I found blackberry bushes everywhere, with the most delicious berries hanging ripe. I ate a bucketful, and stuffed my pockets with more to show Mom. When I got home she was up, and liked the blackberries very much. We met the neighbors, they were nice people. We didn't see much of them the rest of the trip, and I don't remember their names now. Anyway, we watered all the flowers and sat down to make our battle plans. In the home exchange we had given each other permission to drive each other's cars, so we were working up our nerve to hit the road. Mainly all we were striving for was the grocery store, but it was still a big goal for us.

The countryside in England is beautiful, and great if you are riding horseback. The streets are a car and a half wide, with tall, thick hedges lining most of them, or drystack stone walls. If a car comes toward you, it's a matter of who has a driveway on their side to duck into. Otherwise, the smaller car has to back up until they find somewhere to pull aside. Luckily, the family had left a basket of brochures, and an atlas, so we took a deep breath and got in the car.
We had some escapades, and LOTS of careening around, bumping into hedges and curbs before we settled on a system, Mom driving, me navigating. It was the roundabouts that gave us the most trouble, we got several firm honkings before we made it into the parking lot of the Tesco.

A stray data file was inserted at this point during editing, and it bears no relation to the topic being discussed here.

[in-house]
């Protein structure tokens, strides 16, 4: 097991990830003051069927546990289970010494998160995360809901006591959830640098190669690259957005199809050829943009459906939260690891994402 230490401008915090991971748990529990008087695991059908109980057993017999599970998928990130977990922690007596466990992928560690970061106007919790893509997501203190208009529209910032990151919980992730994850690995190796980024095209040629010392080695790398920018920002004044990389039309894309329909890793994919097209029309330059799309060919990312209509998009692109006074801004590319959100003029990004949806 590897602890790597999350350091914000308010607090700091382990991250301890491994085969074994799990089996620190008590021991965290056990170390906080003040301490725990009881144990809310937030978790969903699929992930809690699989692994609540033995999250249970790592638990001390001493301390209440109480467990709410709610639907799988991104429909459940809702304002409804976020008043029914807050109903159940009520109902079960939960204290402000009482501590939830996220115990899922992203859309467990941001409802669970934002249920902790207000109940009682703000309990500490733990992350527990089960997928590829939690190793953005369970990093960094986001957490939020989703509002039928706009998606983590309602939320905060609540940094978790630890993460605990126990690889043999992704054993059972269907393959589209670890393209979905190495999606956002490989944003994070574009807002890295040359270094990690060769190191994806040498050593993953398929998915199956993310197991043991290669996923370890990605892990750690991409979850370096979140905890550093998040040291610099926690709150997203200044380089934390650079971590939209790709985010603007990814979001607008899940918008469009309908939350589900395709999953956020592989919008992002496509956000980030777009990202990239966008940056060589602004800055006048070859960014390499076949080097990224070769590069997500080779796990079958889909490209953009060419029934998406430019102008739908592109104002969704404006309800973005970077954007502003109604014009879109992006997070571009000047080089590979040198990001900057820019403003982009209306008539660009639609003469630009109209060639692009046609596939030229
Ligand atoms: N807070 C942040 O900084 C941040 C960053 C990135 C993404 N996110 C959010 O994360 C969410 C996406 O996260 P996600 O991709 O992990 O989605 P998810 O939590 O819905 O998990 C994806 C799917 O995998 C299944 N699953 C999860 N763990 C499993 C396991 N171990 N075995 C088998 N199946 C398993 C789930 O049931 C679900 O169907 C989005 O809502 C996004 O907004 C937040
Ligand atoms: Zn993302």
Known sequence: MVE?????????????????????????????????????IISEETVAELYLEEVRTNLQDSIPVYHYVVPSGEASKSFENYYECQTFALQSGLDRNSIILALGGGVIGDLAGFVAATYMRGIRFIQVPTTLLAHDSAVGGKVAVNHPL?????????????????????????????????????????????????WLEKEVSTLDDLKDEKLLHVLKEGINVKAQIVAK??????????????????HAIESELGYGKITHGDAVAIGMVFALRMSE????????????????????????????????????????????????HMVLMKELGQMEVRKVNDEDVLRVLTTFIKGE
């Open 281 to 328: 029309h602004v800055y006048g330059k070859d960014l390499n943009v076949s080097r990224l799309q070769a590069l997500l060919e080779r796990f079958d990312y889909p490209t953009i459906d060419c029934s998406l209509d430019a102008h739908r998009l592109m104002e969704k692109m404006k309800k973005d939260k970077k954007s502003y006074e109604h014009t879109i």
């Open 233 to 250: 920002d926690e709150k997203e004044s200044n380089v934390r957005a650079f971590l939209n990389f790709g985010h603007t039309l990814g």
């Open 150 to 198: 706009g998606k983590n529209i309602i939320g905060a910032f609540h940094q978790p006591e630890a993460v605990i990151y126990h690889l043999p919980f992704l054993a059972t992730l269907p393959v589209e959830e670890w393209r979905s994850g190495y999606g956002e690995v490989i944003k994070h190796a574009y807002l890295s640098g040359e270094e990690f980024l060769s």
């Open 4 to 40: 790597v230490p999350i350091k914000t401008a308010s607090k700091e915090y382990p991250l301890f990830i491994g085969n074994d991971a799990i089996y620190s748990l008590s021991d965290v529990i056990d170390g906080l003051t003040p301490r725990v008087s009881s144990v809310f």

We paused in the parking lot to sing "Praise God From Whom All Blessings Flow", we were so grateful to make it. Tesco was loads of fun, it's sort of a small scale Wal-Mart, without the cheap clothes and welfare moms. We saw all sorts of cool stuff that we would never see at home, and we bought every bit of it. Gooseberry fool, yumberry juice, wensleydale cheese, shepherd's pie, chocolate digestive biscuits, the works. If it sounded English, we got it. We somehow managed to careen home, with a fresh rendition of "Praise God From Whom All Blessings Flow" for when we got back in the garage. We finished our mounds of laundry in the teeny washing machines, had a yummy dinner, and packed for our excursion further north to the area in which Pride and Prejudice was filmed. Mr. Darcy, hold on, we're coming!

Friday, December 14, 2007

Off to The Acorns

It is time to say goodbye to the minibar and hello to our home exchange. We've had a great three days but we are definitely ready to slow down and enjoy things more leisurely. The home we are exchanging in is near Northampton, roughly 2 hours by train north and west of London. The trains don't run all the way to Northampton on Sundays though, so we go halfway by train and catch a bus the rest of the way. What with dragging the crazy amount of luggage 2 women pack for a 2-week trip, we were definitely not bored. The people we were exchanging with had prepaid for a cab to pick us up from the train station, and he had never heard of the village we were going to, so we were crossing our fingers. We wandered this way and that, and finally stumbled on it. The village was named Farthingstone, and it's so small that they don't have numbers on the houses, only names. Our house was named The Acorns, and luckily Mom recognized it from the pictures she had seen, because there was no other identification. The Acorns! How awesome is that? Farthingstone consists of about 25 houses, a pub, and a church. Definitely my kind of place. The houses and pub are made from the old brown bricks that are so typical of 19th century English buildings, some even had thatched roofs. It was straight from the pages of James Herriot, and the plumbing and electrical fixtures haven't changed much either. Much of England feels as though it were frozen in the 1950's.